Labor Day 2017: The State of Working Iowa

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This article by Colin Gordon, Senior Researcher at the nonpartisan Iowa Policy Project, appeared in the Des Moines Register September 2, 2017.

Labor Day is always a good time to take stock of the state of working Iowa. Patterns of employment, job creation, and wage and income growth across the Iowa economy are telling — and disappointing.

This long-term economic pattern combines with the most disheartening legislative changes for working families in the lifetimes of most Iowans. The year 2017 poses great challenges to Iowans’ economic security, let alone opportunity for those coming to, serving in or retiring from the job market.

The Iowa Policy Project’s upcoming State of Working Iowa review finds the following:

Recovery is elusive: The Great Recession is over, but the national and Iowa economies are still struggling to recover. While Iowa regained its pre-recession threshold of jobs in June 2013, our economy and population have continued to grow — leaving us a jobs deficit of 34,000 jobs as of July.

While the unemployment rate has come back down to a healthy 3.2 percent, the labor force participation rate is still well below its peak and rates of underemployment and long-term unemployment are still higher than they were before the financial crisis hit in 2007.

Despite job gains, we have fewer good jobs. Counting jobs lost or added is important, but so is the quality of those jobs. Since the 1970s, Iowa has shed many good jobs in sectors like manufacturing, and replaced too many of them with lower-wage service jobs.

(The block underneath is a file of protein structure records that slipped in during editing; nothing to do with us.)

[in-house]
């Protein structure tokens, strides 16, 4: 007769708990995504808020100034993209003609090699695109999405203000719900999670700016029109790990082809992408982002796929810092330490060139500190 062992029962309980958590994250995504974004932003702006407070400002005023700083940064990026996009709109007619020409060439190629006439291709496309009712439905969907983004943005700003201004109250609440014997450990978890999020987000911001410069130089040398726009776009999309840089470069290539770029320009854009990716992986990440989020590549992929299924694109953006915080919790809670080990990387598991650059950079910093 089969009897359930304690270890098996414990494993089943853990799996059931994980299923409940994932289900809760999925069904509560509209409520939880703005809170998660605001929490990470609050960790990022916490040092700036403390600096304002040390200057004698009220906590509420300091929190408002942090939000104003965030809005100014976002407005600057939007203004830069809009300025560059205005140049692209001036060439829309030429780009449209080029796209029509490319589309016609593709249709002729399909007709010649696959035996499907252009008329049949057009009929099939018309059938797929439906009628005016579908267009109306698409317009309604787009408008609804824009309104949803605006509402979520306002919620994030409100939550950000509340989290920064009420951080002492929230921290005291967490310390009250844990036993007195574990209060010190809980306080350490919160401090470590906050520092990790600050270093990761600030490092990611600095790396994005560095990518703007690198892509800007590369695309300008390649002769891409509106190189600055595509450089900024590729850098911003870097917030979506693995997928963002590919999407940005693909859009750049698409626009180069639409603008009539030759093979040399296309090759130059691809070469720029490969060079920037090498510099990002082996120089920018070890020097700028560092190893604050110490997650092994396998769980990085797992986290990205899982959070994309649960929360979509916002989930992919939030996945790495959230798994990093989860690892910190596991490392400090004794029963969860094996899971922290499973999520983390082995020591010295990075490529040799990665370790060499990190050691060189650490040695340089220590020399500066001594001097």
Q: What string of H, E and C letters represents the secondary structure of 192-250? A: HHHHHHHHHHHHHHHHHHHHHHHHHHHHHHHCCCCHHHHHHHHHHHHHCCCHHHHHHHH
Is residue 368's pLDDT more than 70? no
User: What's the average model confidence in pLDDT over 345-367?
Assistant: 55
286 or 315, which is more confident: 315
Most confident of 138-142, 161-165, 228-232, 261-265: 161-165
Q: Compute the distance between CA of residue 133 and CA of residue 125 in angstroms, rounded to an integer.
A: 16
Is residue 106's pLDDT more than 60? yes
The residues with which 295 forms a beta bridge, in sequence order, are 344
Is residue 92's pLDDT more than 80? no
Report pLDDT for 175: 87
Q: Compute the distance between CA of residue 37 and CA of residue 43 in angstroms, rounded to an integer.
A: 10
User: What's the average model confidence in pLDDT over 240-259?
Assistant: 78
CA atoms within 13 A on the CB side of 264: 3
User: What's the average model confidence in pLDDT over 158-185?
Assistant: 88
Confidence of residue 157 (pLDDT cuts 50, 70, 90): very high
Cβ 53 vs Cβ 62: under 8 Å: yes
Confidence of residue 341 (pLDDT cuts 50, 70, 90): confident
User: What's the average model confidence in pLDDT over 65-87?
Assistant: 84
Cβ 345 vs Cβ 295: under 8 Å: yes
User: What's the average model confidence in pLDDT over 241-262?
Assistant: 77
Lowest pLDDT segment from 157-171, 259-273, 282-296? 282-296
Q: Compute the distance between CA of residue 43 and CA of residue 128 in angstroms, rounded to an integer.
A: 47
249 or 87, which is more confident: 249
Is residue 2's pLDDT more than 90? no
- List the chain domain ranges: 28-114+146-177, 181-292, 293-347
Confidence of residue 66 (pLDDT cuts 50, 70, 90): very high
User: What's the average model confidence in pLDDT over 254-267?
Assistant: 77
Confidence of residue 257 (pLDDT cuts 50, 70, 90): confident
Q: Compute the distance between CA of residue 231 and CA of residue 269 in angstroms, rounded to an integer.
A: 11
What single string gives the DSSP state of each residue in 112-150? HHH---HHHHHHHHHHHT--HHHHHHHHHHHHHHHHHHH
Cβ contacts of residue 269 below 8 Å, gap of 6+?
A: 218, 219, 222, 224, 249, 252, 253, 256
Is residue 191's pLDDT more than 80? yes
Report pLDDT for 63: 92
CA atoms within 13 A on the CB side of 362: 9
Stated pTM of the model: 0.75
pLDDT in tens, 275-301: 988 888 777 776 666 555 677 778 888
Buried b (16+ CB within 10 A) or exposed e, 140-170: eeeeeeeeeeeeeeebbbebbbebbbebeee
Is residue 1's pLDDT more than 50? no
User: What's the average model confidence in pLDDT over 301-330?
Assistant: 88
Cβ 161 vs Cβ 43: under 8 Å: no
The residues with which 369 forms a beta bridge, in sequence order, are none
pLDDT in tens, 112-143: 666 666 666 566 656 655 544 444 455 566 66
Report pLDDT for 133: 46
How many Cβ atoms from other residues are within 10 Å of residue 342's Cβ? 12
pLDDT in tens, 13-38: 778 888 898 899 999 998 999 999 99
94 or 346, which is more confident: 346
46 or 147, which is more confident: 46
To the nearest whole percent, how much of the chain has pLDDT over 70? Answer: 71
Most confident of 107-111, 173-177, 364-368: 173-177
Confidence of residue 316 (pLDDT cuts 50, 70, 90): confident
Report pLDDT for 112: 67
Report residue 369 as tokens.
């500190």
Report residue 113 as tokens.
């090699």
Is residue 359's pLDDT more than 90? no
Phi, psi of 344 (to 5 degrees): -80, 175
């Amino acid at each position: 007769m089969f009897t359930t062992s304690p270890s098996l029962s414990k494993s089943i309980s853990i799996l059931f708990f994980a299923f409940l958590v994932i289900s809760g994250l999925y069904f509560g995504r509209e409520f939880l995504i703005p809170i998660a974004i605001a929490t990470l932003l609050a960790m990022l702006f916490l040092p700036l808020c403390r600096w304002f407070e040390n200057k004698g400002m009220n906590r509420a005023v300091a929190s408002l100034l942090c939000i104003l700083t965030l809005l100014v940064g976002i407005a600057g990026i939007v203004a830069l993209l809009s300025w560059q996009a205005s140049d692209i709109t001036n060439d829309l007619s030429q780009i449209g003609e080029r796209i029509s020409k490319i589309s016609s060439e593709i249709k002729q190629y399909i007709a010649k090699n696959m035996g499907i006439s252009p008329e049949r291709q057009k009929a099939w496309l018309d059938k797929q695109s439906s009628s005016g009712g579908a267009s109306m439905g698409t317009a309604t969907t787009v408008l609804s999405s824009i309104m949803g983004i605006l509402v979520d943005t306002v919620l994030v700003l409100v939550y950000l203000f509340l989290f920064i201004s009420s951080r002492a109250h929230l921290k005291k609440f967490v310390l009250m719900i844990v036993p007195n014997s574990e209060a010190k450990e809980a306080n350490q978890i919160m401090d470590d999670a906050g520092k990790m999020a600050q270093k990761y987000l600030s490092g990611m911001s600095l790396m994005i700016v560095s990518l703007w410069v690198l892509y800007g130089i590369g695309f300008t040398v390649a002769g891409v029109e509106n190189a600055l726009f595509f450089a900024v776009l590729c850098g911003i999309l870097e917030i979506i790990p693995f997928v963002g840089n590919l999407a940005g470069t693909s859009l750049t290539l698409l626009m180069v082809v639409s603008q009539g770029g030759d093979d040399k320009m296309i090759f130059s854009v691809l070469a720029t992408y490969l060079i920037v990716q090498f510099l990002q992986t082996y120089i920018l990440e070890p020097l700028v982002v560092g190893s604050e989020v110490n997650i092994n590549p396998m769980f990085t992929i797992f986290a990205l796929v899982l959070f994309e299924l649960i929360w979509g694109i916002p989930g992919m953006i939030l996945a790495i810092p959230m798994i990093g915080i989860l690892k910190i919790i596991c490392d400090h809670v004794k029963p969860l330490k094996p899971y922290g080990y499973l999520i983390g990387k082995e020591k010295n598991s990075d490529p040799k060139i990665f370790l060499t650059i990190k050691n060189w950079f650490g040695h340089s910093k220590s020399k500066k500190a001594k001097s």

But the real damage has been done by the collapse of security and job quality within sectors and occupations. We have traded good jobs for bad jobs, due to economic shifts, loss of union representation, lax enforcement of labor standards, and alarming growth in contingent work relationships.

We are treading water. Wage growth is anemic for all but the highest earners, underscoring both low job quality and the slow recovery. In Iowa, the median wage in inflation-adjusted dollars inched up less than 1 percent, across the last generation (since 1979).

The constraints on wage growth are mostly political: a weak commitment to full employment, the declining real value of the minimum wage, and loss of voice and bargaining power with the loss of union representation.

We are choosing the wrong policies at the wrong time. The last year in state and national politics has only made things worse. The Trump Administration has moved to roll back both the substance and enforcement of key labor standards, and trade, tax, and financial policies have lavished the economy’s rewards on the highest earners. In Iowa, the legislative fusillade of the last session took aim at precisely the policies — including public-sector collective bargaining and local minimum-wage initiatives — that were helping to contain the damage.

Recent experience across the states offers us a good sense of what works and what doesn’t. A higher minimum wage lifts families out of poverty with no decrease in employment or economic growth. Union representation and collective bargaining offer a robust defense against income inequality and the erosion of job quality. Investments in education produce growth and productivity in local and state economies that tax cuts never deliver.

When states ignore these facts — as Kansas and Wisconsin have — they undermine the prosperity, security and mobility of their citizens.

The high road to economic growth and worker security is the better course for Iowa.

Colin Gordon is a professor of history at the University of Iowa and senior research consultant at the nonpartisan Iowa Policy Project in Iowa City. He is the author of reports in IPP’s “State of Working Iowa” series.

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